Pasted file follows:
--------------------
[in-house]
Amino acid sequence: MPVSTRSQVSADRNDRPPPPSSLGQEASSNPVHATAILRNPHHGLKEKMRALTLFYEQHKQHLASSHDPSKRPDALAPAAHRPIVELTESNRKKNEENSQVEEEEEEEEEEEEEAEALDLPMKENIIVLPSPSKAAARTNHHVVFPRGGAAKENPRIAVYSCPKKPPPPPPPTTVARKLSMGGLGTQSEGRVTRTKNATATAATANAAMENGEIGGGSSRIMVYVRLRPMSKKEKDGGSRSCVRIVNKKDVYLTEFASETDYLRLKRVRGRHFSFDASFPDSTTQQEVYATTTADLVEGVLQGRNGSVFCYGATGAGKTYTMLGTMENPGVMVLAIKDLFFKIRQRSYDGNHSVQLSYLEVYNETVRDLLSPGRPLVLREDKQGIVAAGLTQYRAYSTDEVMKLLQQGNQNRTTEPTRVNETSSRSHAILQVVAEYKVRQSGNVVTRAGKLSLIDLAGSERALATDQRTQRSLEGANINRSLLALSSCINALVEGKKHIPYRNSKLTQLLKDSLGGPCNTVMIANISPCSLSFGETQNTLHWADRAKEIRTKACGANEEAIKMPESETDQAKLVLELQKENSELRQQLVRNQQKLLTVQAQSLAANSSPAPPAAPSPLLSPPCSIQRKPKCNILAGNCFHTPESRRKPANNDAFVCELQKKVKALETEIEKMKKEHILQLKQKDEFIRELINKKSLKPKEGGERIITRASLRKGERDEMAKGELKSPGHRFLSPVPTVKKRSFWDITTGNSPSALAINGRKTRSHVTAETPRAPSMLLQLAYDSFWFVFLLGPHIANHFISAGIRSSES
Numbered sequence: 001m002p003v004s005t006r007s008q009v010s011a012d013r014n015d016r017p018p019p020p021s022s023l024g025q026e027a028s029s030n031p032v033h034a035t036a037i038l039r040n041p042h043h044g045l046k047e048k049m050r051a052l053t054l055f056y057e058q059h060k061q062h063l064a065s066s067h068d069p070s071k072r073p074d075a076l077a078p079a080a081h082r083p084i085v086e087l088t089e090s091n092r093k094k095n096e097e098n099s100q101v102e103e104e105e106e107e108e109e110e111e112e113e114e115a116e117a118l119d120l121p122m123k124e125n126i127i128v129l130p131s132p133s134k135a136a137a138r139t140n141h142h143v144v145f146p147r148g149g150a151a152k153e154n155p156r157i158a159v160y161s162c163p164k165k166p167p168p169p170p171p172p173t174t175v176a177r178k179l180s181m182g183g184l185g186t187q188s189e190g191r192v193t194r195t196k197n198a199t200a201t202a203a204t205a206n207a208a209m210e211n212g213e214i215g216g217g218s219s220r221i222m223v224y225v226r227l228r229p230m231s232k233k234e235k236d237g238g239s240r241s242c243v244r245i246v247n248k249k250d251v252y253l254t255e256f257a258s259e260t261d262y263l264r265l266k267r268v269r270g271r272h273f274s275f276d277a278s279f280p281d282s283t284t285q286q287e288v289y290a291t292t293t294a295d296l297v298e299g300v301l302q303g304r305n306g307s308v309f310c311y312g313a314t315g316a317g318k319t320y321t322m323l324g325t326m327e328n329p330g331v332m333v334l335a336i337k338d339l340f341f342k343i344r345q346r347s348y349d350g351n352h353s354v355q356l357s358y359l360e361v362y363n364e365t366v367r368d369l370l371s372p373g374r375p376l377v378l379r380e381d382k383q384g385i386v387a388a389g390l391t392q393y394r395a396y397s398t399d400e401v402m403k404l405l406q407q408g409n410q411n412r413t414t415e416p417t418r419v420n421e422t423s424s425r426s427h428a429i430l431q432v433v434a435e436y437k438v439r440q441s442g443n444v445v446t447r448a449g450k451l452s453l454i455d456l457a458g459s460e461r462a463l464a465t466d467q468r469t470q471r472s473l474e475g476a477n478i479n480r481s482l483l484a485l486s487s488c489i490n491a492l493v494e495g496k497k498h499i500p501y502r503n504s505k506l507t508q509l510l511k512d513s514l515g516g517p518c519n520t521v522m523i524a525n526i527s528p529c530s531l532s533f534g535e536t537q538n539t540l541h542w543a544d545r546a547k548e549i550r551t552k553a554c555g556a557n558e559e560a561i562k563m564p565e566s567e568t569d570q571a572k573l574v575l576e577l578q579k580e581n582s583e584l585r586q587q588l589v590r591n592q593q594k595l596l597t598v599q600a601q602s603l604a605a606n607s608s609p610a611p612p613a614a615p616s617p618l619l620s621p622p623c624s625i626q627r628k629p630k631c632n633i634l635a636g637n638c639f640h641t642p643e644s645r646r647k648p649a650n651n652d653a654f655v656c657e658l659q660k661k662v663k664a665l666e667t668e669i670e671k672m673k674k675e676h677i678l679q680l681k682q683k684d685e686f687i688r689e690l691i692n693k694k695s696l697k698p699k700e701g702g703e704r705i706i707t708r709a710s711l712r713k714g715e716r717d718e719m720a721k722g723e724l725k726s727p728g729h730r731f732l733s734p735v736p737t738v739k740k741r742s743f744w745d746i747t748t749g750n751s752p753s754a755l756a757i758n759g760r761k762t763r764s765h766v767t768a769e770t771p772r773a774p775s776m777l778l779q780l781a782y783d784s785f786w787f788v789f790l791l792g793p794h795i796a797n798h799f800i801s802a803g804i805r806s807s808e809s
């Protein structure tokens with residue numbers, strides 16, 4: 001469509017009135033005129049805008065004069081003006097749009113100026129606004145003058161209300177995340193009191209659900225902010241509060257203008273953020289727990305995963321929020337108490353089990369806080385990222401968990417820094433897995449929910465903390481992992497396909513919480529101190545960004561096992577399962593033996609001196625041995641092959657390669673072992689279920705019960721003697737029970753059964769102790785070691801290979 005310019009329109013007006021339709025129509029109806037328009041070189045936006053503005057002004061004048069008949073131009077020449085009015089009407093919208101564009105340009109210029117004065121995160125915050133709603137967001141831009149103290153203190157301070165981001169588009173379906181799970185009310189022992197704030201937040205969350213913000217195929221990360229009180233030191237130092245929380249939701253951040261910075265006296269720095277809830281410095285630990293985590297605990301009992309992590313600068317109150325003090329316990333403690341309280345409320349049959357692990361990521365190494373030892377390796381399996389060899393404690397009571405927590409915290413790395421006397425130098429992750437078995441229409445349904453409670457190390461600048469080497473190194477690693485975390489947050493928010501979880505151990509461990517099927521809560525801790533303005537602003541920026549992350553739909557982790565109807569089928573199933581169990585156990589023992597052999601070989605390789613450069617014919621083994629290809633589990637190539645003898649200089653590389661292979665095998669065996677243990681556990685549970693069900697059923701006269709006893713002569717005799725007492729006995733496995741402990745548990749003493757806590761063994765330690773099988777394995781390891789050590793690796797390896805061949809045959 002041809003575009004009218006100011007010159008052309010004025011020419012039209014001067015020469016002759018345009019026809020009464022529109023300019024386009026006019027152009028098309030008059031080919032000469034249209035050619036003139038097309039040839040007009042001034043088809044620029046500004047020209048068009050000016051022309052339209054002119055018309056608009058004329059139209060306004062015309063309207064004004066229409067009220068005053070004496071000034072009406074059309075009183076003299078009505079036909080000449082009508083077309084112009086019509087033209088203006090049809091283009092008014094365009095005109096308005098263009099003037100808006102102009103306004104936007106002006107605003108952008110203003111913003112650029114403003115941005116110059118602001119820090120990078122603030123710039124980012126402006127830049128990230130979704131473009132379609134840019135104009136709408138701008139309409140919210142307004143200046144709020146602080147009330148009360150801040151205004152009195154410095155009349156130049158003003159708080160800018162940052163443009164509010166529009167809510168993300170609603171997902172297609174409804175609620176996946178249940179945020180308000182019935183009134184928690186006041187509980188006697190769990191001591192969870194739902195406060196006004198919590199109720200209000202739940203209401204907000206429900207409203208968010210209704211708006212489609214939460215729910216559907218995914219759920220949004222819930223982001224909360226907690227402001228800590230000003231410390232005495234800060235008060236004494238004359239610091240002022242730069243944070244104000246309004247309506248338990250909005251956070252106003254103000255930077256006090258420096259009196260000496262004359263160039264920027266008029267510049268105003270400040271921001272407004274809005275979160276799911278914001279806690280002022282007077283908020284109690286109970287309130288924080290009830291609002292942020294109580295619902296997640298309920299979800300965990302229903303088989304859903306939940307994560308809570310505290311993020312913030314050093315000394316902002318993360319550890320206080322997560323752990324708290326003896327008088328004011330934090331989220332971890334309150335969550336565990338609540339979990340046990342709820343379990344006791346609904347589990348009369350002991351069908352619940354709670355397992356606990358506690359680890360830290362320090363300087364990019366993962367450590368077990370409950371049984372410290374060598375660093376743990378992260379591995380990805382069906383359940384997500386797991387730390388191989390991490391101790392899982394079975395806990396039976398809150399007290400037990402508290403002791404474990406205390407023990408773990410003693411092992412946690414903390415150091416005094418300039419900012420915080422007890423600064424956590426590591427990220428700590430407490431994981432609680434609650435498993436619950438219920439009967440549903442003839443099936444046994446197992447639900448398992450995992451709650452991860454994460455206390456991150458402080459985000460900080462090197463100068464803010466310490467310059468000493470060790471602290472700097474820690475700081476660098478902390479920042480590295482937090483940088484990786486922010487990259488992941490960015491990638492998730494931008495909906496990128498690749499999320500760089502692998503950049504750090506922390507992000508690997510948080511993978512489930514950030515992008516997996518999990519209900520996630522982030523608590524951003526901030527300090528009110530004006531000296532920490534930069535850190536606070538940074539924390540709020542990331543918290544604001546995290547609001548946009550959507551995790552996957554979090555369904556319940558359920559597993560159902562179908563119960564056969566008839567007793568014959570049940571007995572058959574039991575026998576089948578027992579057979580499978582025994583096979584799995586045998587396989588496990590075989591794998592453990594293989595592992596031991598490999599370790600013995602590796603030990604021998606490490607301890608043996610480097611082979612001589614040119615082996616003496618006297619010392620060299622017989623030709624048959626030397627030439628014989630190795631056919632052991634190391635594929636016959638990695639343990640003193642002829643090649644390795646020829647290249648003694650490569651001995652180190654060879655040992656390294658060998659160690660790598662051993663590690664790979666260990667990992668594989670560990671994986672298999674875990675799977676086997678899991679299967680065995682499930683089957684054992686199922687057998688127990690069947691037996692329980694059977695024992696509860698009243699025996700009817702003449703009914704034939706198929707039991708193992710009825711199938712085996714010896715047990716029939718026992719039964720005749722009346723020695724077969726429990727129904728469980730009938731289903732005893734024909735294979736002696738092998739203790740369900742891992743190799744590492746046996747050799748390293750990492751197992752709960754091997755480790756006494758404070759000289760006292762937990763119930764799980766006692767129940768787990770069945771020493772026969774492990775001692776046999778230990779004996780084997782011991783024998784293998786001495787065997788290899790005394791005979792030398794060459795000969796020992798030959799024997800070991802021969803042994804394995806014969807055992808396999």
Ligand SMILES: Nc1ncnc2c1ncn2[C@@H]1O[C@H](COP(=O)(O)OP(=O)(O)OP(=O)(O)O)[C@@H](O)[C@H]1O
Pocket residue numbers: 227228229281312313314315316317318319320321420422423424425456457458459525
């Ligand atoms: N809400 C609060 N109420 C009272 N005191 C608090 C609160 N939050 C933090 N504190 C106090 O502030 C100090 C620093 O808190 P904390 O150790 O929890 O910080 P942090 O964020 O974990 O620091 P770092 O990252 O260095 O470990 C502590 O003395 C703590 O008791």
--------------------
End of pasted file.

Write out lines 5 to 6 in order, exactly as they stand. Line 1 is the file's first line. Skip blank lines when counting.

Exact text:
Ligand SMILES: Nc1ncnc2c1ncn2[C@@H]1O[C@H](COP(=O)(O)OP(=O)(O)OP(=O)(O)O)[C@@H](O)[C@H]1O
Pocket residue numbers: 227228229281312313314315316317318319320321420422423424425456457458459525